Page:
It’s hard to keep a band together, especially if it’s a nine-piece combo. Without an album, the task is next to impossible. Unless, of course, the name of your band is Bombasta.
“Yeah, I probably misunderstood something,” the “barrio big band” leader Roberto Livar confessed, in reference to the Spanish-sounding, but actually meaningless, name of the group. But Bombasta stuck, and so did the band, at least in the last three years, after “two or three” lineup changes in the last decade. On Saturday, Bombasta will celebrate 10 years and the Southwest Workers Union its first quarter century with an impressive night of music at Hi-Tones (Conjunto Aztlan, Mexico City’s Los Guadaloops and Master Blaster Sound System’s El Dusty will be part of the desmadre).
“We share [with SWU] the same vision of the world, but there’s also a more personal connection with them,” said Livar. “We did our first gig on December 20, 2003, at Café Revolución with [El Paso’s] Fuga, at a SWU event.”
Since then, and in spite of not having a full-length album (Bombasta has only released a handful of singles and EPs), the band has been active and popular enough to win awards at the Current’s annual music poll, most recently Best Video, Best Latin Alternative Band and Best Keyboardist (Jaime Ramírez, who left the band in November “to pursue other projects,” according to Livar). Livar claimed that the band’s too numerous, grassroots, independent and poor to record a full-length. I didn’t buy it, so I pressed him on the issue, emphasizing the fact that recordings are a key element of any band’s legacy.
“I know, an album would help, but there’s no feria [money]…” he said. Then he finally added an understandable—and believable—reason that makes me give him the benefit of the doubt. “I agree we owe ourselves and our fans an album, but I also think we owe our fans that whatever it is we put out there is first class. We don’t want to put something out just to put something out. If we don’t have the money to do it right, we won’t just put out something that’s half-assed. Plus: we’re all músicos who grew up playing in bars. I’m a musician first and foremost. The drive is always having that personal experience, to connect with a live audience. A recording artist is a totally different thing.”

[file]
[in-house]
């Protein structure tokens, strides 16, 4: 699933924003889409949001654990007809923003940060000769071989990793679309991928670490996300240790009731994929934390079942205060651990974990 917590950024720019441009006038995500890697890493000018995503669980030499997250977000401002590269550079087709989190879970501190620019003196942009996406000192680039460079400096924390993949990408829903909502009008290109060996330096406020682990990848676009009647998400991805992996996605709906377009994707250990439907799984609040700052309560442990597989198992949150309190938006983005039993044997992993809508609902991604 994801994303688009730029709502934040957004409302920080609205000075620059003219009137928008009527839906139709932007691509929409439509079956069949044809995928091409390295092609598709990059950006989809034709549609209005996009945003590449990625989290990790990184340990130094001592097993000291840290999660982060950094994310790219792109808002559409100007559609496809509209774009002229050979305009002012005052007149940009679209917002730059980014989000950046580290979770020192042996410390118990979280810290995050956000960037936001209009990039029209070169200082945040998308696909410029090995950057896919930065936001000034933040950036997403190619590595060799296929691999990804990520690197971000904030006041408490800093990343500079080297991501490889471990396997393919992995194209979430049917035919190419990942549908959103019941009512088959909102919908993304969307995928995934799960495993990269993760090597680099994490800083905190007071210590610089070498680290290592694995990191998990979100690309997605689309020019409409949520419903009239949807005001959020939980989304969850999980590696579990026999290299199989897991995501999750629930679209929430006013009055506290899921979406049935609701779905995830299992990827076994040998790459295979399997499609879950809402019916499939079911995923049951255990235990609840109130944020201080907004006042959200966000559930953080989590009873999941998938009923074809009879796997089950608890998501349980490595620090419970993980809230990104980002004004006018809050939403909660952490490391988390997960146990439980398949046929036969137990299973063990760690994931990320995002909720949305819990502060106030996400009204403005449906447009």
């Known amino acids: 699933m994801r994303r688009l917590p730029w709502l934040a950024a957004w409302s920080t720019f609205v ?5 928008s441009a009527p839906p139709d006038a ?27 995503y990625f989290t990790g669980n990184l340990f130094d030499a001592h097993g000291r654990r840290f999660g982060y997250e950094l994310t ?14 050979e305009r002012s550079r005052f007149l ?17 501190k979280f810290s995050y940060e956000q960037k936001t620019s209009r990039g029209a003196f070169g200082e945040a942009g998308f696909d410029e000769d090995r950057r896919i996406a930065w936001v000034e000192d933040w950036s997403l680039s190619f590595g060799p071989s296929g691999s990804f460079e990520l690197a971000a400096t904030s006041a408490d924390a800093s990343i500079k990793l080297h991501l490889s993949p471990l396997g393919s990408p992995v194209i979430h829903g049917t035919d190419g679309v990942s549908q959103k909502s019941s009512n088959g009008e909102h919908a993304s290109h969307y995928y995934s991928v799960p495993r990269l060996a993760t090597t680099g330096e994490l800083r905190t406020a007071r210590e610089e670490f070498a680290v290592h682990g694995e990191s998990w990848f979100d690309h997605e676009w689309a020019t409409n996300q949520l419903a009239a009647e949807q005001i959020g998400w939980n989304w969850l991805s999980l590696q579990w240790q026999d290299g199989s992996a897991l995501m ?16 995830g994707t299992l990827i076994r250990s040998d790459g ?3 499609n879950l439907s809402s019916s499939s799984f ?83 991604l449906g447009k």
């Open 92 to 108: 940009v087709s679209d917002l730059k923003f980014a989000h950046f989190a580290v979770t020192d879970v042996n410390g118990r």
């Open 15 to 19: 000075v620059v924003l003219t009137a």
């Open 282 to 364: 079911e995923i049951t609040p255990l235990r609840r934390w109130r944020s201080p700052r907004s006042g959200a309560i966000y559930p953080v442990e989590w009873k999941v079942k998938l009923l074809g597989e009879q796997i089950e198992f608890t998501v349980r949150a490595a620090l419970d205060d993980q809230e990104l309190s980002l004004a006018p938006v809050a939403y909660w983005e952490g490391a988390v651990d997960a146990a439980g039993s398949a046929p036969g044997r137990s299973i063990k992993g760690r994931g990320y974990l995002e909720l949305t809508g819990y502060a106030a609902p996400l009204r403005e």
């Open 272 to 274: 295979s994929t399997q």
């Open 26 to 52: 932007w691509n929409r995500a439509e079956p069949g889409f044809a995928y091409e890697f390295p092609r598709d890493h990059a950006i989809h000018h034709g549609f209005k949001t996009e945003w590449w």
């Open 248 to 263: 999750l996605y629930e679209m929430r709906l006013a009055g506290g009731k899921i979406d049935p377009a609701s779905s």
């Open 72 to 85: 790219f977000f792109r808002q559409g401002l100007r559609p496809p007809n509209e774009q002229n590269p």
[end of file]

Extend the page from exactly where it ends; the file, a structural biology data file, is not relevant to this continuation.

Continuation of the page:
The band—Livar on guitar and vocals, Travis Vela on guitar, Dillon Buhl on trombone, Carlos Álvarez on trumpet, Rolando Salazar on tenor saxophone/clarinet, J.P. Leal on bass, Ali Friedrich on baritone sax, Lauro Torres on percussion and Rudy Díaz on drums—is an explosive blend of cumbia, hip-hop, reggae, salsa and rock that never bothered with orthodoxy.
“It all starts with the rhythm, the bpm, and we go from there,” Livar said. “But it’s never a, say, straight-up cumbia. We start with one, and before you know it, you hear a hip-hop breakdown in the middle of it with reggae horns on top.” As far as the process of creating this cacophony, “I bring in the skeleton and everyone throws in some suggestions,” said Livar. “We’re constantly working on breaks and transitions and experimenting with different rhythmic stuff. That’s what we have going for us.”
Their mastery of Latin rhythms got a boost this year when they were asked to be the live band for the Woodlawn’s Theater production of the Tony award-winning musical In The Heights. The score’s Nuyorican theme proved a valuable experience for the band. With the help of former keyboardist Ramírez (the only one with musical theater experience), Bombasta tackled Lin-Manuel Miranda’s original music for a run of 15 shows over five weeks last spring.
“We learned a lot from it, even how to run rehearsals better,” Livar said. “We’re so pocho in the way we approach Latino music that [working on the play] really helped us understand Latin music. When you have it written down, you get a much better understanding of different salsa rhythms.”
So there you have ’em, the we-don’t-need-no-stinking-album boys, having the last laugh after 10 years while others with more CDs or mp3s to show for it find it hard to survive a third of that. Livar is grateful, and so are Bombasta fans.
“To be able to do what we do, it couldn’t happen anywhere else than in SA,” he said. “The amount of supportthan we get across age, class, race; it’s really something special. In other places you might only get noticed for [your limitations], but here it’s all corazón [heart]. Yes, we have our shortcomings, but chingaos, we’re sitting here doing an interview and getting lots of press. We must’ve done something right.”
9pm Sat, Dec 21
621 E Dewey
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